Projects

page last updated: 29 October 2010

Pan Arctic Lake Ice Methane Monitoring Network (PALIMMN)

http://ine.uaf.edu/werc/palimmn

During the International Polar Year, Walter Anthony is working with a team of scientists, teachers, and enthusiastic citizens to establish a methane bubbling monitoring program, the Pan-Arctic Lake-Ice Methane Monitoring Network (PALIMMN), with an education and outreach component, Student-PALIMMN.

Methane Gas Seeps: Potential Entergy Source for Rural Alaska Villages

http://ine.uaf.edu/werc/people/katey-walter-anthony/methane-gas-seeps/

The goal of this project is to evaluate the potential for environmentally responsible development of methane gas from seeps near remote Alaskan villages for local space heating and power generation. Research priorities include identifying and evaluating the quantity, quality, and location of natural seeps, as well as determining potential capture and transport mechanisms necessary for future resource development. This project is supported by an NSF EPSCoR Early Career Fellowship and the Department of Energy.

Thermokarst lake near Cherskii, Russia

Katey Walter Anthony

Thermokarst lake near Cherskii, Russia

Modeling Impacts of Icy Permafrost Degradation on Greenhouse Gas Emissions and Carbon Cycling in Thermokarst Lakes

http://ine.uaf.edu/werc/people/katey-walter-anthony/thermokarst-lakes

This NSF IPY #0732735 research project integrates field studies in a range of disciplines (geomorphology, geophysics, paleoecology, hydrology, limnology) with process modeling of permafrost thaw, lake formation, carbon cycling, and greenhouse gas emissions to understand how permafrost degradation in the Arctic, particularly thermokarst-lake evolution, affects long-term atmospheric trace gas dynamics by releasing ancient carbon stored in permafrost as carbon dioxide and methane. Intensive study regions are areas of the Yedoma Ice Complex in the Kolyma River Lowlands of Russia and the Seward Peninsula, Alaska.

Lake Methane Ebullution

The goal of this project is to estimate methane emissions from a variety of lake types in Alaska and Russia, with particular attention to the importance of thawing permafrost as a fuel for methane production. We map methane bubbling "hotspots" that come from various sources, not just thawing permafrost, including also decay of modern plants and seepage from geological reservoirs of methane. To date we have mapped over 50 lakes in Alaska and Russia. Using automated bubble traps, we monitor rates of methane bubbling from point sources and hotspots in lakes. Our goal is to understand the origins, magnitude and vulnerability for change of methane emissions from lakes.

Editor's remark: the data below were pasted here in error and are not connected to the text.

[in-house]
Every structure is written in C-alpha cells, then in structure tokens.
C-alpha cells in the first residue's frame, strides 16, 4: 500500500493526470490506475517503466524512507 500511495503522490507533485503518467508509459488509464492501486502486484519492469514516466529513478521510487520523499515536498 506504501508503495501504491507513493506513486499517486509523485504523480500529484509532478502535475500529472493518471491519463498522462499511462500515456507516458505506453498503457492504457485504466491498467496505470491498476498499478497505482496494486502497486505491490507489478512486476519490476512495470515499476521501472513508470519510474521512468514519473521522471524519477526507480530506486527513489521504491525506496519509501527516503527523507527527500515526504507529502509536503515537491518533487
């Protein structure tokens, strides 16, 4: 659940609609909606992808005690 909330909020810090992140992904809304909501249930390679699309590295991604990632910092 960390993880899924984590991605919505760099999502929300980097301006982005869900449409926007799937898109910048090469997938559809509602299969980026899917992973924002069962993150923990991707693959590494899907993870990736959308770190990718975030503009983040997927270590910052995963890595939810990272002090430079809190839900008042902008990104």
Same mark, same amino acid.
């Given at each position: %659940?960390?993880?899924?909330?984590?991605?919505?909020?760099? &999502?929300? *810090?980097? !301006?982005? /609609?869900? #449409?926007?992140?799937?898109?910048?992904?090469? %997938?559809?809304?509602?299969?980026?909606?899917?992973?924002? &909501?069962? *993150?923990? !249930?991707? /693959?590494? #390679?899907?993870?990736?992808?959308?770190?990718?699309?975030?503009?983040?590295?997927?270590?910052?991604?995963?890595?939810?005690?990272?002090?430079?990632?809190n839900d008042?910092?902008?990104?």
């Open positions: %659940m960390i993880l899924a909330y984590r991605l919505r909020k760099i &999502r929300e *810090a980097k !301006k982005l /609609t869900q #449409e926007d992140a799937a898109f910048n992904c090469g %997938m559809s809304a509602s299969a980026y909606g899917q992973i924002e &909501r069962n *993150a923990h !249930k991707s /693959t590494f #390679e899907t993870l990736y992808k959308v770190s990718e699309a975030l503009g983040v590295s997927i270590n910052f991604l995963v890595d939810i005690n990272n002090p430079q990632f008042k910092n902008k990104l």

Remote Sensing Methane Ebullition

Our goal is to develop a technique to quantify methane bubbling from lakes by linking remote sensing synthetic aperture radar (SAR) to ground surveys of methane bubbles trapped in lake ice for large-scale sampling within images to upscale quantification of regional and pan-arctic lake emissions. This work addresses the NASA Earth Science Enterprise Strategy's objectives of determining how global (aquatic) ecosystems are changing as permafrost warms and thaws enhancing methane emissions from expanding lands and how ecosystems respond to and affect global environmental change and the carbon cycle.

NASA Assessing the Spatial and Temporal Dynamics of Thermokarst, Methane Emissions, and Related Carbon Cycling in Siberia and Alaska

http://www.gi.alaska.edu/snowice/Permafrost-lab/projects/projects_active/proj_thermokarst_NASA.html